He has been the smiling face of the McDonald's fast food empire for more than 40 years, but doctors in the US are demanding that Ronald McDonald finally be ordered into retirement – for the good of everyone's health.
On the eve of McDonald's annual shareholder meeting, healthy-eating campaigners have launched an open letter to the group, demanding that it stops marketing to children.
Hundreds of health professionals have already signed the letter, which claims the company's menu of burgers and fries is making America's children fat and contributing to ballooning health costs in the States.
Corporate Accountability International, the campaign group, plans to push the issue of Ronald McDonald's retirement at today's meeting and is organising protests. The open letter, which has now attracted over 550 signatures, appeared yesterday in national newspapers across the US.
"Our community is devoted to caring for sick children and preventing illness through public education," it says. "But our efforts cannot compete with the hundreds of millions of dollars you spend each year directly marketing to kids. Advertising is at the heart of McDonald's business model, with annual expenditures reaching $2bn. Your marketing practices set the standard for competitors across industries."
Since the mid-Sixties, McDonald's has hired actors to dress up as its friendly clown for children's birthday parties at its restaurants and at other events. At one point, the character spawned a cartoon series and the company claims his image is as famous to children around the world as that of any character, aside from Father Christmas.
The company denies the mascot is a bad influence on children. In fact, it says, he is quite the opposite, since he now extols the benefits of a healthy lifestyle. "Ronald is an ambassador for good and delivers important messages to kids on safety, literacy and balanced, active lifestyles," it said in a statement.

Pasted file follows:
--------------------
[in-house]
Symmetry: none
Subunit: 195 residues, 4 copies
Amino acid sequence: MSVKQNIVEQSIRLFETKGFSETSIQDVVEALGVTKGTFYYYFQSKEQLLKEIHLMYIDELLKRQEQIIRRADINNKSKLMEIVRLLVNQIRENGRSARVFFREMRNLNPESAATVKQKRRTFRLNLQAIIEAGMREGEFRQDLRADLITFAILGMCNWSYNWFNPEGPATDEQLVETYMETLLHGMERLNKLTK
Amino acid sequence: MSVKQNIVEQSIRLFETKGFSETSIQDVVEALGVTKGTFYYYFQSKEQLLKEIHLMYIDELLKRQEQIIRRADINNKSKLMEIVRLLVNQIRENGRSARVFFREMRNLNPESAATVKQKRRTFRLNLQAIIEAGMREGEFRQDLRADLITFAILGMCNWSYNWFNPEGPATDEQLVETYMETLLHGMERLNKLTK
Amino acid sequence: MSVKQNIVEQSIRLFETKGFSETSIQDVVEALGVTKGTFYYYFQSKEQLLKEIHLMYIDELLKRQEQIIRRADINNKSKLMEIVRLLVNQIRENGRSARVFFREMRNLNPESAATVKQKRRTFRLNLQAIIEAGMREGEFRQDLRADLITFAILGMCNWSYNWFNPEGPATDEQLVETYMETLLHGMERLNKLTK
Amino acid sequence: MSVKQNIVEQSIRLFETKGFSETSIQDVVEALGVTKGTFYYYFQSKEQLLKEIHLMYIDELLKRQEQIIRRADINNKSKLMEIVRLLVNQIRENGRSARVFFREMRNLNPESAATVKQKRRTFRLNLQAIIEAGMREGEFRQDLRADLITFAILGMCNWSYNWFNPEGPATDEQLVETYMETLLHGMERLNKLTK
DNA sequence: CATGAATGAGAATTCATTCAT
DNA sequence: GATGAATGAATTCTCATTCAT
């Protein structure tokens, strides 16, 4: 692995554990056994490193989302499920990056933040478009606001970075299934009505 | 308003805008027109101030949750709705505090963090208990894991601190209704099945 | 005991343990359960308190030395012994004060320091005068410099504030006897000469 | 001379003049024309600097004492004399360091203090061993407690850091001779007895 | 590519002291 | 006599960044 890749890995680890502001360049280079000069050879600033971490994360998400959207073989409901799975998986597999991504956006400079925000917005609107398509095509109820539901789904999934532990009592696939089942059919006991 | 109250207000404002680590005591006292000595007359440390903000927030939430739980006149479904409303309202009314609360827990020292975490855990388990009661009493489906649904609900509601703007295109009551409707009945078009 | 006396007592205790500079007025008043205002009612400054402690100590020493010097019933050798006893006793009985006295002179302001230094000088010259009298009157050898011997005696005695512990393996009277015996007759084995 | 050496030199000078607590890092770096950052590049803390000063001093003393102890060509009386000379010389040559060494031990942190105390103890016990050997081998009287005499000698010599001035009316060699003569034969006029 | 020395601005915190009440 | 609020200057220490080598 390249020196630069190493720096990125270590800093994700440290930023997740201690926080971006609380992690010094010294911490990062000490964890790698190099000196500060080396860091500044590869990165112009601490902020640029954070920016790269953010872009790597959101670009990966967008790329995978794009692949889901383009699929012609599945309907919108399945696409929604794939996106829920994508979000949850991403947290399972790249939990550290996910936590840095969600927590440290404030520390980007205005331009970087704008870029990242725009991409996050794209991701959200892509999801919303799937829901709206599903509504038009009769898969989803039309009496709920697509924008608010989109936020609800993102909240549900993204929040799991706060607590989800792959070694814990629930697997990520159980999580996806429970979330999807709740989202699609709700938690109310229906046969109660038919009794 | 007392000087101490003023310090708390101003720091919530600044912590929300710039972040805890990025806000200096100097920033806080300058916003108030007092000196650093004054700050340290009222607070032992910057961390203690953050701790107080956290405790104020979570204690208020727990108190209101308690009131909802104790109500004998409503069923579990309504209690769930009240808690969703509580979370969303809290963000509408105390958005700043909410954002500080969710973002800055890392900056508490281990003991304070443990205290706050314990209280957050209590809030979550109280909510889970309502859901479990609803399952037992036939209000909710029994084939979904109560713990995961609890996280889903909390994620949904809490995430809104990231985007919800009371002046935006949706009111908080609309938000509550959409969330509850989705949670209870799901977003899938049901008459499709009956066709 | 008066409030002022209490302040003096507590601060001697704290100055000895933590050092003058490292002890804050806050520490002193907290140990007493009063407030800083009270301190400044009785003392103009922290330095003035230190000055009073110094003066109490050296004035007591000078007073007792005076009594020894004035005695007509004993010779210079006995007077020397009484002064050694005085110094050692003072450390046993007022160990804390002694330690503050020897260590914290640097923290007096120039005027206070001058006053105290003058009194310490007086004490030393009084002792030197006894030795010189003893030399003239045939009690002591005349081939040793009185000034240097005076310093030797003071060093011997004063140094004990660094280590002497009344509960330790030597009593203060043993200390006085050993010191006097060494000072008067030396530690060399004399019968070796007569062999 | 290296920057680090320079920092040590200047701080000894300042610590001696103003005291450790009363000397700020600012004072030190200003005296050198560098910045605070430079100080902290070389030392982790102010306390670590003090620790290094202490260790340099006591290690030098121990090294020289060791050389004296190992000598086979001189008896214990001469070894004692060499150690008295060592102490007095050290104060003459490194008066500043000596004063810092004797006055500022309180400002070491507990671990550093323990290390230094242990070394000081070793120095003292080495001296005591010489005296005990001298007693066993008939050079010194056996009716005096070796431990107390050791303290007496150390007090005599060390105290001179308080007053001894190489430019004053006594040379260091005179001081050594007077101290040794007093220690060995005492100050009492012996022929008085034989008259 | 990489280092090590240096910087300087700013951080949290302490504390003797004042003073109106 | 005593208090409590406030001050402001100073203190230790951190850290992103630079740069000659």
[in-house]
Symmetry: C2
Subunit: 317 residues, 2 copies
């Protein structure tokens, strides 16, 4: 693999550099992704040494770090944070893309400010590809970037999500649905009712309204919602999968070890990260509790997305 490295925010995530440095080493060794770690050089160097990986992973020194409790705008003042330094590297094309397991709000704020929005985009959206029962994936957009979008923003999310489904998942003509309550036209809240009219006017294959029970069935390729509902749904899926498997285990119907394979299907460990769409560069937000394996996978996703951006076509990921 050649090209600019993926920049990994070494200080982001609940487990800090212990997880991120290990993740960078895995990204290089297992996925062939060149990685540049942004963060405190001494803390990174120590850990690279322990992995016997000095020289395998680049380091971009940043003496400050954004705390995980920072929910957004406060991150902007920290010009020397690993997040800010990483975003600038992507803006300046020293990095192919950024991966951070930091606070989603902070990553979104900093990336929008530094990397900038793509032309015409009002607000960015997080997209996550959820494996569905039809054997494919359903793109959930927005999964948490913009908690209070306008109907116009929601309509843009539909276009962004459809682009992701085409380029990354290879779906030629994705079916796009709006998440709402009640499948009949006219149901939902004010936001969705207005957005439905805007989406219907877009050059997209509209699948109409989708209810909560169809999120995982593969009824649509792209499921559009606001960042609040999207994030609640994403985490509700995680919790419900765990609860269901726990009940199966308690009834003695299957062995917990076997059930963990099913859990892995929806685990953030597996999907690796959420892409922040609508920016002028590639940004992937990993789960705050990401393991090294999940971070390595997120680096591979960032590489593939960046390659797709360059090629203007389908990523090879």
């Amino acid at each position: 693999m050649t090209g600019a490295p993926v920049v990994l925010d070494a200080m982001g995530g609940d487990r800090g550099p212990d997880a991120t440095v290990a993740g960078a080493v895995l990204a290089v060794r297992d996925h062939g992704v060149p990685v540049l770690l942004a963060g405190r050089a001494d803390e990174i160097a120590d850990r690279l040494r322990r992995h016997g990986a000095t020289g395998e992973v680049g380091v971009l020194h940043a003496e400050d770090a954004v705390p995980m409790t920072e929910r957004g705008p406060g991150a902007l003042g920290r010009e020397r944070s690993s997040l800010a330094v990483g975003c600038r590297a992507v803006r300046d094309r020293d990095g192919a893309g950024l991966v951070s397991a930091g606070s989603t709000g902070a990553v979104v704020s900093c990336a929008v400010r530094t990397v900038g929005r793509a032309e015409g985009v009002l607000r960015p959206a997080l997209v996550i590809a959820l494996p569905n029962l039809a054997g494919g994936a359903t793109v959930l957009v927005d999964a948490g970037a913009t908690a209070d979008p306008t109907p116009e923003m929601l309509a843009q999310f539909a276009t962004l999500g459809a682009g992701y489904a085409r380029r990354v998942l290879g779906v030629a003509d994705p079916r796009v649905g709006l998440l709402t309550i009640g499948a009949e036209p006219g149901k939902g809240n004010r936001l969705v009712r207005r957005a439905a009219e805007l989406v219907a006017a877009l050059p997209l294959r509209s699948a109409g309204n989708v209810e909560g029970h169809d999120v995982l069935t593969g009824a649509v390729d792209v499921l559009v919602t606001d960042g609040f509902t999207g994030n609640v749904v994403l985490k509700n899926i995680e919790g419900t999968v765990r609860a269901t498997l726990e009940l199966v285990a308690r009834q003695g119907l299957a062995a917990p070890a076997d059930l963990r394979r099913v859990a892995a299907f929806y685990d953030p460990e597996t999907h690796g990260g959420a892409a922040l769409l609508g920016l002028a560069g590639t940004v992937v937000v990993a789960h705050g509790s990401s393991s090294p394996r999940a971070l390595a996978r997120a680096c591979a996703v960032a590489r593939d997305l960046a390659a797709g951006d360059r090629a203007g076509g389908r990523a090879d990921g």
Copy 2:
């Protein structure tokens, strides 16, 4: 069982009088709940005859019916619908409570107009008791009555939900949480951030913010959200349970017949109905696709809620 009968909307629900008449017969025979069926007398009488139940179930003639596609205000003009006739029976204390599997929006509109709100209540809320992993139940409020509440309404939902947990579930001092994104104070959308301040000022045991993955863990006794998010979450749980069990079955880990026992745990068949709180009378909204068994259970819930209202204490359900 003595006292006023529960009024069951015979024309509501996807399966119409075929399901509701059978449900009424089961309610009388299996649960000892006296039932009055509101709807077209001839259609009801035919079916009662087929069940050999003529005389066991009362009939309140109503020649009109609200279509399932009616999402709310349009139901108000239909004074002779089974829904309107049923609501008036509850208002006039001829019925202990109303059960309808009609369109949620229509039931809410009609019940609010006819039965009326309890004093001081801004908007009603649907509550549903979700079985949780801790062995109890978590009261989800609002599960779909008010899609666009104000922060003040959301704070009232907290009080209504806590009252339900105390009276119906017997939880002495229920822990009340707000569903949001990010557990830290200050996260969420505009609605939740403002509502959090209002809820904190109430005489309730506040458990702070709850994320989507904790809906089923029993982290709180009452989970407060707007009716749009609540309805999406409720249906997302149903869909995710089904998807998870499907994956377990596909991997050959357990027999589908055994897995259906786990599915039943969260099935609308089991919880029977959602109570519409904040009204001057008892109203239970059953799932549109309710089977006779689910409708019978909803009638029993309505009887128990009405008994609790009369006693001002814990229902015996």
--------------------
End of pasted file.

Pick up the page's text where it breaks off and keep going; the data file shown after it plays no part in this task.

The company also points to charitable work done in the clown's name. There are some 500 paid-for Ronald McDonald houses and family rooms in or near hospitals. The company also insists its menus are not junk food, but offer a range of healthier items for children, including apple dippers and low-fat milk in its Happy Meals.
None of these developments have moved McDonald's from the centre of the debate over childhood obesity and its causes, however. The company is being sued in California over its marketing practices, including the use of the clown character and the placing of toys in Happy Meals tied to children's movies. Some cities in the state have banned free toys with meals over a certain number of calories.
And today, nine orders of nuns will assail management, asking that they pay more heed to the influence of their marketing tactics on children. They are leading a group of small shareholders proposing that McDonald's funds research into the link between its business and childhood obesity and on the risks that public health concerns lead to a backlash that hits profits.
The open letter signed by doctors contends that children under-12 effectively control $40bn of annual consumer spending, because of their ability to nag their parents and that habits formed in childhood can last a lifetime.
Many of the same newspapers that reported support for the open letter yesterday also told the story of a Wisconsin man who made history by finishing off his 25,000th Big Mac. Don Gorske, 57, insisted he was healthy, saying: "I had my cholesterol just checked a couple weeks ago and it was 156."